Companies fined more than $100K for crane collapse that killed North Bend man

L&I determined it was a strong wind gust and removed crane pins that led to the deaths of four.

Three companies were cited a total of $107,200 for safety violations after a crane collapsed in Seattle killing four, the Washington Department of Labor & Industries (L&I) announced Oct. 17.

The highest fine among the violations was a $70,000 citation against Morrow Equipment, for a willful serious violation of not following the crane manufacturer’s procedures. A willful violation is described as an employer who “knowingly ignored a legal requirement or was indifferent to employee safety,” L&I said.

Morrow approved removing pins and sleeves that fastened the tower together, while the manufacturer’s procedures called for only removing the pins for each individual section being dismantled. Nearly all of the about 50 pins and sleeves were removed, and when the 45-plus mile per hour gust hit, the crane toppled.

The accident took place on April 27, on the streets of Fairview Avenue and Mercer Street, the Seattle Fire Department reported. The department responded at about 3:28 p.m. after the crane fell from the roof of a building and damaged six cars in total.

There were four fatalities as a result of the accident. Two of the victims were in the crane, the other two in separate cars. Four others were injured and evaluated by medics. Ironworker Andrew Yoder, of North Bend, was one of four people killed.

Three others were injured as a result of the accident and transported with non-life threatening injuries to Haborview Medical Center in Seattle— a 27-year-old male, 25-year-old female and four-month infant.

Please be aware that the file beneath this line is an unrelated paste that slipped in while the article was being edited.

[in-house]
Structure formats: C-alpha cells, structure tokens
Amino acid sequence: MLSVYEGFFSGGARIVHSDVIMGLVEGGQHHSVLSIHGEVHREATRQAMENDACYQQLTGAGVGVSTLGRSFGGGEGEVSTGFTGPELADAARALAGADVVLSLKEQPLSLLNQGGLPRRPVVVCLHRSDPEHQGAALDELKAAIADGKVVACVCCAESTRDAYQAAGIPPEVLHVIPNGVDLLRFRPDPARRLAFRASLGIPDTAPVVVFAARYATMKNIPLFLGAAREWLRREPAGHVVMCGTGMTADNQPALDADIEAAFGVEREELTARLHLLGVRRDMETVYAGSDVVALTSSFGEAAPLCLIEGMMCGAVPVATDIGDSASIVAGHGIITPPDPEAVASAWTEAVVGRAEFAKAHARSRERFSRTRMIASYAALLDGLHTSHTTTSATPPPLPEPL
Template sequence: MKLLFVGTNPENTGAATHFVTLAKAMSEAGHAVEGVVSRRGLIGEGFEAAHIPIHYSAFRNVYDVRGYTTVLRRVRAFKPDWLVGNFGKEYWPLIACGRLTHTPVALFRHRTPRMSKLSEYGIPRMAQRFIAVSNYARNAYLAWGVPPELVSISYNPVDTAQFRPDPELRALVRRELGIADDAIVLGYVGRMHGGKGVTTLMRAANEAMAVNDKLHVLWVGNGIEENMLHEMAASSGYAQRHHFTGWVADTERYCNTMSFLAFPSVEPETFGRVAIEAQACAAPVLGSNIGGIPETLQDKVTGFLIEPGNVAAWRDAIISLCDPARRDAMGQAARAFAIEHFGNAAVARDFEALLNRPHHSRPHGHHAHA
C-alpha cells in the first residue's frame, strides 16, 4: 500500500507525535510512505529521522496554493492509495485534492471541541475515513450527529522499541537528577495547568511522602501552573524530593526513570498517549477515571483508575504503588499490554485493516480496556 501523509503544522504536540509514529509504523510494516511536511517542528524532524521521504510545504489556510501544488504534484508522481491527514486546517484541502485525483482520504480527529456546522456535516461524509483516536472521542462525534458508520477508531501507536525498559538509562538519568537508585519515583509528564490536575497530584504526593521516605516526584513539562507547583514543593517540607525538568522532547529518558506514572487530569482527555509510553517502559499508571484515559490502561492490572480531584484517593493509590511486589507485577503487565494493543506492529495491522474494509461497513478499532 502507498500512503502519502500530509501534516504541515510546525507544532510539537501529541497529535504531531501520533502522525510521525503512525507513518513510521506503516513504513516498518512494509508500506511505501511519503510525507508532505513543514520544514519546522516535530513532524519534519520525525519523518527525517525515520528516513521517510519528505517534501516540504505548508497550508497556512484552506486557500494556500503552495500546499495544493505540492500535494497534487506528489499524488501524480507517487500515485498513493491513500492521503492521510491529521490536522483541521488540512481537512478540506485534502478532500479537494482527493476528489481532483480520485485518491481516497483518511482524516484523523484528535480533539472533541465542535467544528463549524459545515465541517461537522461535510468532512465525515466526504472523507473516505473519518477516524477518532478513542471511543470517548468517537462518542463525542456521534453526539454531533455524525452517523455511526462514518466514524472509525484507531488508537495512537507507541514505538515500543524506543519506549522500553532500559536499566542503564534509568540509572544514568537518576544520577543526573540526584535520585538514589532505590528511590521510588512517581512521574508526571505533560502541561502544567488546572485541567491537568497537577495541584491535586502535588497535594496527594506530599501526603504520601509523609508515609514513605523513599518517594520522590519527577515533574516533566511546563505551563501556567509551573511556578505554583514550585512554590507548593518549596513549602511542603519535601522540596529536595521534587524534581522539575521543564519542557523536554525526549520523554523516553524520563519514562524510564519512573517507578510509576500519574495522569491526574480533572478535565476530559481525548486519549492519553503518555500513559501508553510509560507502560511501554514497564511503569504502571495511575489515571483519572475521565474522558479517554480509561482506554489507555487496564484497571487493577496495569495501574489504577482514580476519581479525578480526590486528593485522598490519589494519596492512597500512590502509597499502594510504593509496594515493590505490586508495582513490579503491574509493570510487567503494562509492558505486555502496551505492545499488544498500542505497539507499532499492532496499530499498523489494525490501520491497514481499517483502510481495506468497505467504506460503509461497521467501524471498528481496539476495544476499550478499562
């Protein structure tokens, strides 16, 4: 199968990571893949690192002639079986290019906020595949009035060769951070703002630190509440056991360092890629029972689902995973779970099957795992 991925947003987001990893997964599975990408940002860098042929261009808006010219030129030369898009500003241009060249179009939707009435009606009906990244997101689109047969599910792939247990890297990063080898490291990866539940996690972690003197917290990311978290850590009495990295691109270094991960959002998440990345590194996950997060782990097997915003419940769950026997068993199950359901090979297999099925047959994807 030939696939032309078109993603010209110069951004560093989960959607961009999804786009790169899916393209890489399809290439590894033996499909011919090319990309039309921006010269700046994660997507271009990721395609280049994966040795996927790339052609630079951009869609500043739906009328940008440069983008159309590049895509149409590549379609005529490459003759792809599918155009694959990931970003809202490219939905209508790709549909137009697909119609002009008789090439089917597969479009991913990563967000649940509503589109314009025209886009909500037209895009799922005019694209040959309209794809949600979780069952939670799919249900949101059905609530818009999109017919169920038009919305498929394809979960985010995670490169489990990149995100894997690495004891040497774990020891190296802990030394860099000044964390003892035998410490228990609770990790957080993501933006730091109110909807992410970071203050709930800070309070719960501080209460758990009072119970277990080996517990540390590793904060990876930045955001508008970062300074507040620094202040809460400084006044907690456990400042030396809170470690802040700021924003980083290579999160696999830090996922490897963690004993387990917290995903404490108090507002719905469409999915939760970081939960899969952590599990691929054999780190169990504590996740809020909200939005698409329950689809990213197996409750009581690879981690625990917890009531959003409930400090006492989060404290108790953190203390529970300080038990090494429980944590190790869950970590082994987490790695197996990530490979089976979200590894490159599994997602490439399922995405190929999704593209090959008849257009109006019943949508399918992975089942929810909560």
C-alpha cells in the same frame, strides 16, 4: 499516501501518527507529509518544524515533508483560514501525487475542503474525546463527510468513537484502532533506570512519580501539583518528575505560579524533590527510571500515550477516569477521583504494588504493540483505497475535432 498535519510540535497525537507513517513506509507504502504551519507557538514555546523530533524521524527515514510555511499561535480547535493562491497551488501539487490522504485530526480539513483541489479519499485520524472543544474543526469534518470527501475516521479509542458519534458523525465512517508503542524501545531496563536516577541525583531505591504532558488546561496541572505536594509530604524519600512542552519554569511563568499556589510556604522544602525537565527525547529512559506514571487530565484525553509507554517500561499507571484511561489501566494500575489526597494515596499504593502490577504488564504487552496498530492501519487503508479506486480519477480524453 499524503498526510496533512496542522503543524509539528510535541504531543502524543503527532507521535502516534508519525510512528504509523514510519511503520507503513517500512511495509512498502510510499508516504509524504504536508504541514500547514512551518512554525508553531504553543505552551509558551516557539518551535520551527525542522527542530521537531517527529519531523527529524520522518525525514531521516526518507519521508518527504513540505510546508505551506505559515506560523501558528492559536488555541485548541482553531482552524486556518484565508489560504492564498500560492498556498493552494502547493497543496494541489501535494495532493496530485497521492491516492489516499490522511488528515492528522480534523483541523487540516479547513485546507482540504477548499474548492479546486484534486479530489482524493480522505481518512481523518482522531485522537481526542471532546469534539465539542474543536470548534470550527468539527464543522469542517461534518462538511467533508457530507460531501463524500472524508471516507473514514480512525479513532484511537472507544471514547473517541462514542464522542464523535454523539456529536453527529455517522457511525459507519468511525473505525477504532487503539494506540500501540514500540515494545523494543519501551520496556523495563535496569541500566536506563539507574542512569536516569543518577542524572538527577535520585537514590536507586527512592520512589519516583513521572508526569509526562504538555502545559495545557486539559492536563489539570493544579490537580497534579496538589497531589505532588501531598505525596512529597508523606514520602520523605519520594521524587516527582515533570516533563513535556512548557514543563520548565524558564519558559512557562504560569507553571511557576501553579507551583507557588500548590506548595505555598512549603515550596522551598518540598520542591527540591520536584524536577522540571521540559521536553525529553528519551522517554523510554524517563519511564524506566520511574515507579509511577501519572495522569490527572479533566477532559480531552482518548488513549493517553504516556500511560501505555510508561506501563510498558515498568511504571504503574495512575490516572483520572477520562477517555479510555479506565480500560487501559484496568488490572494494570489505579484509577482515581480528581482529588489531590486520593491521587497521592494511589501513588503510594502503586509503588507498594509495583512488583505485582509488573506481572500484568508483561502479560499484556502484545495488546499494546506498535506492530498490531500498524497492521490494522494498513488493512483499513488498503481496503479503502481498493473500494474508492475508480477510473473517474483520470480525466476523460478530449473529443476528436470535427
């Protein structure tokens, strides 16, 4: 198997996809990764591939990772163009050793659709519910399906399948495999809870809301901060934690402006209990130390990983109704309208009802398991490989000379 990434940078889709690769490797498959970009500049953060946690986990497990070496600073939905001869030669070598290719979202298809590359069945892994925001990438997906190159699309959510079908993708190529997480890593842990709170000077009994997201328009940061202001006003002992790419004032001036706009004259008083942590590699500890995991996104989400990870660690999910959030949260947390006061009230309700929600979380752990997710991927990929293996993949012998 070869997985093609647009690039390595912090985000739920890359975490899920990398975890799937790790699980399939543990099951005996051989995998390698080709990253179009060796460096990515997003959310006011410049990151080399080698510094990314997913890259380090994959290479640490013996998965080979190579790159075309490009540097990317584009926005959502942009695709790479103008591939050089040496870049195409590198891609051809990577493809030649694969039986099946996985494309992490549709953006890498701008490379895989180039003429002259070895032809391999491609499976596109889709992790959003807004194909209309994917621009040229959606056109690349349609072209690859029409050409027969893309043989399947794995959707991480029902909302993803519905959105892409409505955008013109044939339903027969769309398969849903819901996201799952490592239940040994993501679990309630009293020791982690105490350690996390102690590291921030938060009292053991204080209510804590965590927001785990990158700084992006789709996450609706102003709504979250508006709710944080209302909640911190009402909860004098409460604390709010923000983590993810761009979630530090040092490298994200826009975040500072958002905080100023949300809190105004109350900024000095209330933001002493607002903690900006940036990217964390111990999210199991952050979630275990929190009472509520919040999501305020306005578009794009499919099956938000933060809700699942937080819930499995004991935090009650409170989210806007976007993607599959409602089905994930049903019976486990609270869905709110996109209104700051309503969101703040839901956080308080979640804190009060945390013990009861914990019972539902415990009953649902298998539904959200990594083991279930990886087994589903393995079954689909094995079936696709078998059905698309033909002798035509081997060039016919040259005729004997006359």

Soon after the accident, L&I opened an investigation to look into the factors surrounding the crane collapse at Google’s campus in Seattle.

In its inquiry, the department gathered information from the site of the accident. L&I investigators measured the accident scene to determine where pieces of the crane landed and looked at the crane itself.

The five companies under scrutiny were: Gall Landau Young Construction Company Inc. (GLY), Northwest Tower Crane Service Inc., Omega Rigging and Machinery Moving Inc., Morrow Equipment Company LLC. and Seaburg Construction Corporation.

L&I cited GLY construction for three serious violations and fined it $25,200. The company allegedly failed to have a qualified supervisor and other personnel onsite at all times as the crane disassembly was happening, failed to account for weather and did not ensure manufacturer’s procedures were followed.

Northwest Tower Crane Services faces $12,000 in fines for three serious violations of not following manufacturer’s procedures, not ensuring workers understood their assigned duties and inadequate worker training.

The employers have 15 business days to appeal the citation. Seaburg Construction and Omega Rigging and Machinery were not cited.

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